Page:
I admitt, I have always been drawn to the 'alternative', 'different', bohemian artists. And so I looked forward to see the place where many of these artists, that inspired and still inspire whole generations across the world, had lived and performed.
Greenwich village itself is beautiful. Walking the streets you can hardly believe that you are in a big, crowded city. It seems more like a smalltown, it's quiet, tidy and, hm, rich. All these three descriptions don't really fit the bohemian notion, do they? Especially when I discovered "Private Alleys". Excuse me? Yeah, some blocks are closed for strangers, "residents and guests only". A few days later, I talked to a friend who used to live in Greenwich village for a while, telling him about my surprise discovery.
He told me, that Greenwich v. today is a rather glamourous part of town, with different celebrities living there. He himself had moved away after seeing a famous hollywood actress grocery shopping in the same store he was. That's when he knew that soon he wouldn't be able to afford rent anymore, and moved away. Nevertheless, Greenwich v. is a beautiful part of the city. And with NYU located there, it's not just the celebrities spreading their glamour, but also the students spreading a little bit of 'alternative', 'different', bohemian lifestyle.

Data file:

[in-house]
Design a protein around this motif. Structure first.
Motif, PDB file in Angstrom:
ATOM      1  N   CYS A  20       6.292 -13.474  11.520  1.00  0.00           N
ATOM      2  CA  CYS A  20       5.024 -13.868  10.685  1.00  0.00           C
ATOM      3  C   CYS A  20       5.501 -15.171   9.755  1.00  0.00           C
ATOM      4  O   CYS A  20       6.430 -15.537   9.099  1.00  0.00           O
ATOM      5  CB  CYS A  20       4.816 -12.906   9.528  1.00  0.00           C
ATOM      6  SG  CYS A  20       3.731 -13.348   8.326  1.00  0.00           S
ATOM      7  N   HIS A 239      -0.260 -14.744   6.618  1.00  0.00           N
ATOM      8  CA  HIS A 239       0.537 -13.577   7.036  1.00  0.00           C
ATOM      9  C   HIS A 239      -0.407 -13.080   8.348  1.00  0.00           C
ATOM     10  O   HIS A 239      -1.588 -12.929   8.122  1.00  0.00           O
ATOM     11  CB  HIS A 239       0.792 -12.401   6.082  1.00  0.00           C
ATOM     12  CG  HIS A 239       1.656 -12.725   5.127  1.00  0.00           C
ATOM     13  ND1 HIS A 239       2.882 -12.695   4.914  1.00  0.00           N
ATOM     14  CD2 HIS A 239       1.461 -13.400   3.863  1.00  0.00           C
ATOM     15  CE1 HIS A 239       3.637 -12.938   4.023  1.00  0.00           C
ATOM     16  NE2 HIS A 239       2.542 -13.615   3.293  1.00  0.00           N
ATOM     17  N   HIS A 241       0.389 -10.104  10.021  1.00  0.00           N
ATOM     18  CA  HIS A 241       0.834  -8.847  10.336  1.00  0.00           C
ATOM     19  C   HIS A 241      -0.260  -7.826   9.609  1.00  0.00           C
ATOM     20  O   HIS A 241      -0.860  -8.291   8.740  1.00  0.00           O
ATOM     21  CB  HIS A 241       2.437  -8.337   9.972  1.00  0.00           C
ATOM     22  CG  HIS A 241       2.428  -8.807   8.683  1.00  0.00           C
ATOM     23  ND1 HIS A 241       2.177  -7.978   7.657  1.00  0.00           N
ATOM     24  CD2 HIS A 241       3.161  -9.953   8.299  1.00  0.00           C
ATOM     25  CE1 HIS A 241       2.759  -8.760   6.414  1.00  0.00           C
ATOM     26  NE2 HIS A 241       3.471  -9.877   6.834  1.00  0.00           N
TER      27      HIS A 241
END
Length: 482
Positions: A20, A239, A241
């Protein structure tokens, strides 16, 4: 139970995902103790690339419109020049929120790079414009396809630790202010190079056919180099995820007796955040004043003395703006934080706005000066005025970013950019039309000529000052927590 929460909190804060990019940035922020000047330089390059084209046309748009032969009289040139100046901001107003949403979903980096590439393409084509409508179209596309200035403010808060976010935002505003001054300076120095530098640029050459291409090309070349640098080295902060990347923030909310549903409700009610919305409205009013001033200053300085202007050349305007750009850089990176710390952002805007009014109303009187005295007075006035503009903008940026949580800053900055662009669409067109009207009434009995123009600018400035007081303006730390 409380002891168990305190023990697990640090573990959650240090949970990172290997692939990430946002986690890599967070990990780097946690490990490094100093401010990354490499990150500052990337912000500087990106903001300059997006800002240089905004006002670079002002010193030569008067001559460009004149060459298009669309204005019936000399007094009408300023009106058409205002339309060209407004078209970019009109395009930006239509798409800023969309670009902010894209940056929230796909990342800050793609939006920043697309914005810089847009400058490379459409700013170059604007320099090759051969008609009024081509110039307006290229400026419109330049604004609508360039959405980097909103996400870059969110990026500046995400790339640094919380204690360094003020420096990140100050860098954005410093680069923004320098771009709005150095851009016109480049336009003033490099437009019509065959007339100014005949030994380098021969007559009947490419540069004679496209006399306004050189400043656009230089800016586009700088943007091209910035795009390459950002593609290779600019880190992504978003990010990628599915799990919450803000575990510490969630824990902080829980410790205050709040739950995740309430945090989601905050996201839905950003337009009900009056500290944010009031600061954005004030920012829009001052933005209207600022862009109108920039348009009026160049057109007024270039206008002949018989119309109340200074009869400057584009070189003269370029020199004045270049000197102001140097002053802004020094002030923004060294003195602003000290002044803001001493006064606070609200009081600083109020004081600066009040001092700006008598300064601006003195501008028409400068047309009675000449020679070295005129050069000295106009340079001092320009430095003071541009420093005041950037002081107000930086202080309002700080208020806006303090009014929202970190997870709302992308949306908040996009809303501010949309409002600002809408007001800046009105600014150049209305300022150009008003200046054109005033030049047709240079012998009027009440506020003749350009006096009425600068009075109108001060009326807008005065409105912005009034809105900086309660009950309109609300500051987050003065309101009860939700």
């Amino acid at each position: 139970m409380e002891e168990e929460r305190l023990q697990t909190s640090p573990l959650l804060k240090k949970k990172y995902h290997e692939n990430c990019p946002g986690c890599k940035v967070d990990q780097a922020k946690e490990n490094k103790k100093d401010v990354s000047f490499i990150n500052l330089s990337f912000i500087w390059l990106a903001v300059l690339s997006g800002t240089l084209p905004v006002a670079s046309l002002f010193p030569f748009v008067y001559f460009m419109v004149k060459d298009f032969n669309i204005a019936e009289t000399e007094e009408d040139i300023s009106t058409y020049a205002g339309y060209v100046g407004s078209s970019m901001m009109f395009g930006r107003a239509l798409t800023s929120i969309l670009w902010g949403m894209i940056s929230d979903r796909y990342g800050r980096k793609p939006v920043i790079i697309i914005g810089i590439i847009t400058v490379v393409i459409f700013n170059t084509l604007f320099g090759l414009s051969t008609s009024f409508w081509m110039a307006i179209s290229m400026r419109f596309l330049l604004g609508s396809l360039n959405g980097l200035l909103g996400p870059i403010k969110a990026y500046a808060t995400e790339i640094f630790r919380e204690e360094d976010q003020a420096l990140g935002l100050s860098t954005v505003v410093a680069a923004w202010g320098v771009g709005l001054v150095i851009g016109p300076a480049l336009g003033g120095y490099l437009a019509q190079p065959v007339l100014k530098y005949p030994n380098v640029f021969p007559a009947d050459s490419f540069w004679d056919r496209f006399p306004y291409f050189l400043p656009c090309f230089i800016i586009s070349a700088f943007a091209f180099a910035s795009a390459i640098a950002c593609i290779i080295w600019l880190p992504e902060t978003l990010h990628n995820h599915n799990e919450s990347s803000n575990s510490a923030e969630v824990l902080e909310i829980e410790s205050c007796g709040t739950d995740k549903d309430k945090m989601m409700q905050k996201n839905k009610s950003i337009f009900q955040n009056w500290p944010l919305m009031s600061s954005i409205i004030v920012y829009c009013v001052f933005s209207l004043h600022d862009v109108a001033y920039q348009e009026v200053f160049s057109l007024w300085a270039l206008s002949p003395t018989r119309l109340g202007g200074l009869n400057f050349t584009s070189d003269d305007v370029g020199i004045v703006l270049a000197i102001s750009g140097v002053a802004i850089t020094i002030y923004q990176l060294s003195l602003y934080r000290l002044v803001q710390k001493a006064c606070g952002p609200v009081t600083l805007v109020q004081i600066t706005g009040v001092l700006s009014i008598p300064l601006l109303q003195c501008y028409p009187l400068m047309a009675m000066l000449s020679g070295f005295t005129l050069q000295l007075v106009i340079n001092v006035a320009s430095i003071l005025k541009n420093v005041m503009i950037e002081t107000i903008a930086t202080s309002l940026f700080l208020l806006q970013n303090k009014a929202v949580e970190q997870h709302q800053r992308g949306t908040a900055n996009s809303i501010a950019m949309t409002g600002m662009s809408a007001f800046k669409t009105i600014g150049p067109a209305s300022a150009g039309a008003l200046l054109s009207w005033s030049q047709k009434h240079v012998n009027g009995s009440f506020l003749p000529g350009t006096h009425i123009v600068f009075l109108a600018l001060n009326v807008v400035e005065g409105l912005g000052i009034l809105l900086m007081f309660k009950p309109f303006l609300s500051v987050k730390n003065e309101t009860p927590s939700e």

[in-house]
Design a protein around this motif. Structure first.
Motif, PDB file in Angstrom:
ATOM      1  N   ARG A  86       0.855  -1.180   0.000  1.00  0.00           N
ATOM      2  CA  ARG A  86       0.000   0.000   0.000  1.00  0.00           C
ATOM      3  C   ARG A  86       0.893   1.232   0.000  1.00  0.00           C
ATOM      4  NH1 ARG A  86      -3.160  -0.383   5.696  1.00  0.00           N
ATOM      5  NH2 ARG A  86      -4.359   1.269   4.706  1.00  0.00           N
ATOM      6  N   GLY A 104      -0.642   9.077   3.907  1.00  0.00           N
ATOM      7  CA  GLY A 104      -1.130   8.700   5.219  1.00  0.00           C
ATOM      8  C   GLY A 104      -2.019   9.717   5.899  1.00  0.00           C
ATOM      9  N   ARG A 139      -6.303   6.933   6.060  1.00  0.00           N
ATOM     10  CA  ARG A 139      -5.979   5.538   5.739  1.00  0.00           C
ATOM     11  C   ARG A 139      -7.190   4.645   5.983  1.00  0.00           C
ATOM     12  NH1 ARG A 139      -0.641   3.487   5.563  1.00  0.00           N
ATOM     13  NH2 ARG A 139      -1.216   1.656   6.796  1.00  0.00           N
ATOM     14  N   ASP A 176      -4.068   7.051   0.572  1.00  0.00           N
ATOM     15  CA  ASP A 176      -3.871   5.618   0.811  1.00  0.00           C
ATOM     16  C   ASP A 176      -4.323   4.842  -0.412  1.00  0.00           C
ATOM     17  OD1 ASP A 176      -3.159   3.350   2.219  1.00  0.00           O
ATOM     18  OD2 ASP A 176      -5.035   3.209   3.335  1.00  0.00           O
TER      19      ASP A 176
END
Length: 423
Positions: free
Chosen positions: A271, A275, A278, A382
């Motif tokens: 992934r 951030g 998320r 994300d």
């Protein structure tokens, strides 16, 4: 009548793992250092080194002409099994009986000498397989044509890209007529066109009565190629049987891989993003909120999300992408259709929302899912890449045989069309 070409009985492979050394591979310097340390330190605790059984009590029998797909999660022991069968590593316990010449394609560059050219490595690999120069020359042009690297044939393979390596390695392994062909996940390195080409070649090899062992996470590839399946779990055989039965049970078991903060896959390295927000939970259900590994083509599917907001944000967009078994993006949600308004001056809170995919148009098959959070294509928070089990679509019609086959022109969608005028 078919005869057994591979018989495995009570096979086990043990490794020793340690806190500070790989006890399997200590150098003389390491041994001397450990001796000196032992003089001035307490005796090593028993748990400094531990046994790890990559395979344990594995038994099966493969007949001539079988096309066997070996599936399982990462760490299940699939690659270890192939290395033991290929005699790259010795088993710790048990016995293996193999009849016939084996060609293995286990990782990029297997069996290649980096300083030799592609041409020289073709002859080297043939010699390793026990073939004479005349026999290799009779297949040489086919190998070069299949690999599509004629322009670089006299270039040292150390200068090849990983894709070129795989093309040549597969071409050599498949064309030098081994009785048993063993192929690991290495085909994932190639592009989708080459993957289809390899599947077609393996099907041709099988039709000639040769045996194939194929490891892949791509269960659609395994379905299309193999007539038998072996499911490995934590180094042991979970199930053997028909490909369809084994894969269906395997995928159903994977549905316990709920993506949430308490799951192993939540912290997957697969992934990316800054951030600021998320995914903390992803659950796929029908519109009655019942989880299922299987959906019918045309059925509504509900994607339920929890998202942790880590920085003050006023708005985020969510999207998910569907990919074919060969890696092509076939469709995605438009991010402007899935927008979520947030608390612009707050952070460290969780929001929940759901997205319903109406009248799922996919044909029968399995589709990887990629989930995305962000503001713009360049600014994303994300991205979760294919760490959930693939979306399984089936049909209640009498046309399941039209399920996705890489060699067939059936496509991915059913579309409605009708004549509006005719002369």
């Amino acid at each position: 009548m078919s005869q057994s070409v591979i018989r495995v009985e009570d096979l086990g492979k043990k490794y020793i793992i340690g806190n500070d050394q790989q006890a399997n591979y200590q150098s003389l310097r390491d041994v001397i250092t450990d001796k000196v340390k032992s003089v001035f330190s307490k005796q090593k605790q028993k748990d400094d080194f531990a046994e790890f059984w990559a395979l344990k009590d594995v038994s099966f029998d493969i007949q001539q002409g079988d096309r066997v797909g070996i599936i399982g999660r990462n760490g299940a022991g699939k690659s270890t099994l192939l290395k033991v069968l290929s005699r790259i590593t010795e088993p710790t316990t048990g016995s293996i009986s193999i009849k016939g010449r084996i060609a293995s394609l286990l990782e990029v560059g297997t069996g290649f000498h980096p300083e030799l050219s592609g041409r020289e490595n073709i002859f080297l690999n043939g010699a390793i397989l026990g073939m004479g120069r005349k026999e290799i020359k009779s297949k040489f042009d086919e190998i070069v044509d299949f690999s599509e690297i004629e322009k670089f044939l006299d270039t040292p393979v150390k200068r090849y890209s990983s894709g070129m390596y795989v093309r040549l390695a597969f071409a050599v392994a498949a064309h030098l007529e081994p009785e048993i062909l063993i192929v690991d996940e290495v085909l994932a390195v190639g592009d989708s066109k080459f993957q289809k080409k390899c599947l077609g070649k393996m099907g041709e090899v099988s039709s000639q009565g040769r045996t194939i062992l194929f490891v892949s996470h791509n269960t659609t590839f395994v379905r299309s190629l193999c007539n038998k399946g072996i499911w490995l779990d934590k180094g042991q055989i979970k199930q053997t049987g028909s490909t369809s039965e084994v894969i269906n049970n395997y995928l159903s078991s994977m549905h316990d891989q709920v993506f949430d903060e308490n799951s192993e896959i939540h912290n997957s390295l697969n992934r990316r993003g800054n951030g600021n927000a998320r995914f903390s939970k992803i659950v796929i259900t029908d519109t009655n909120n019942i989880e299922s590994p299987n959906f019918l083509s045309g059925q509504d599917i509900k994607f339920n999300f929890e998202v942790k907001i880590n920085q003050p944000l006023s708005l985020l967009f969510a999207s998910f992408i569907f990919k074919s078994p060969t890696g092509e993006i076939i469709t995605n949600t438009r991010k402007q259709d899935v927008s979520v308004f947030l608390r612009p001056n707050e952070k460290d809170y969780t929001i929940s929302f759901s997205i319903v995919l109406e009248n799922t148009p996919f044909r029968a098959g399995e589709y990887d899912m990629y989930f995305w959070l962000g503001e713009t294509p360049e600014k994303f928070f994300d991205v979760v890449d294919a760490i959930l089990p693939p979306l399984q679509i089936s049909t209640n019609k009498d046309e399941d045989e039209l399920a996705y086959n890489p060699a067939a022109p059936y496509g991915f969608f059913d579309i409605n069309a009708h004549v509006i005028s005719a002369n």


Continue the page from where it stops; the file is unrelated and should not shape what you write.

Oh, and last but not least - you can find there the most amazing shops.
The East Village is located between 14th street and Houston street.
East, of course. What do you think 'Houston street' is pronounced? Just like that city in Texas, right? Well, wrong. It's pronounced like 'howston'. Nobody could explain to me why, but that's how you supposedly can distinguish a newyorker from a non-newyorker…. Show-offs ;) . The East village looks much like 'movie-New York' to me, you know, when watching films that take place in NY, the set would look much like this part of town, especially in those 1970s crime movies with cops and robbers chasing each other up and down the fire escapes and through the dark alleys with dead ends. No chases today, just a pretty quiet afternoon. Anyway, I noticed that when you turn from the avenues into the side streets, it gets quiet and calm (at least in Lower Manhattan), as if entering a different place.
A must-see, in my opinion, is "The Tenement Museum". It's located on 90 Orchard street, and opening hours are not every day, so be sure to inquire before.
I purchased the ticket in a neighbouring coffee shop, wouldn't know if that has changed since then. During the 19th and early 20th cent. these so called tenements were built to provide housing for the thousands of immigrants. They are 3-storey houses where whole families would live in just one room, and all the families would share one bathroom. Today we'd call them slums, I guess. The museum is such a house, that was left the way it used to be like then, no renovation. The guide told us the stories of the tenants in a very interesting way, showing us around. I absolutely recommend this little museum, it gives a glimpse into everyday life of those just arrived from Ellis Island.
a little bit of artistry